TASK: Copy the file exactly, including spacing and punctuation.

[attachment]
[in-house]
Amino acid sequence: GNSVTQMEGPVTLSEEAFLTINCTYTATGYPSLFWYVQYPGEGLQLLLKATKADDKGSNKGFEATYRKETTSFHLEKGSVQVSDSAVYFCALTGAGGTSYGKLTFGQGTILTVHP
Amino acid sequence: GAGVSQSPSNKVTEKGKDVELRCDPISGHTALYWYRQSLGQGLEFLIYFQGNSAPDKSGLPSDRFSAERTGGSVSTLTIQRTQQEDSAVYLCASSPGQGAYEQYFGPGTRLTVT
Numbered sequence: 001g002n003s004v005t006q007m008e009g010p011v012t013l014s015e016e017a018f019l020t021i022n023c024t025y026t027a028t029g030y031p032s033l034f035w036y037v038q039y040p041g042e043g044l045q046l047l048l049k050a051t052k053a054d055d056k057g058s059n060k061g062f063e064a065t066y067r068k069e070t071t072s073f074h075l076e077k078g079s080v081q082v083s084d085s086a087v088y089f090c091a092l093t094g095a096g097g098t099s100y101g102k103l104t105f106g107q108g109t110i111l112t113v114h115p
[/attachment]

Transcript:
[in-house]
Amino acid sequence: GNSVTQMEGPVTLSEEAFLTINCTYTATGYPSLFWYVQYPGEGLQLLLKATKADDKGSNKGFEATYRKETTSFHLEKGSVQVSDSAVYFCALTGAGGTSYGKLTFGQGTILTVHP
Amino acid sequence: GAGVSQSPSNKVTEKGKDVELRCDPISGHTALYWYRQSLGQGLEFLIYFQGNSAPDKSGLPSDRFSAERTGGSVSTLTIQRTQQEDSAVYLCASSPGQGAYEQYFGPGTRLTVT
Numbered sequence: 001g002n003s004v005t006q007m008e009g010p011v012t013l014s015e016e017a018f019l020t021i022n023c024t025y026t027a028t029g030y031p032s033l034f035w036y037v038q039y040p041g042e043g044l045q046l047l048l049k050a051t052k053a054d055d056k057g058s059n060k061g062f063e064a065t066y067r068k069e070t071t072s073f074h075l076e077k078g079s080v081q082v083s084d085s086a087v088y089f090c091a092l093t094g095a096g097g098t099s100y101g102k103l104t105f106g107q108g109t110i111l112t113v114h115p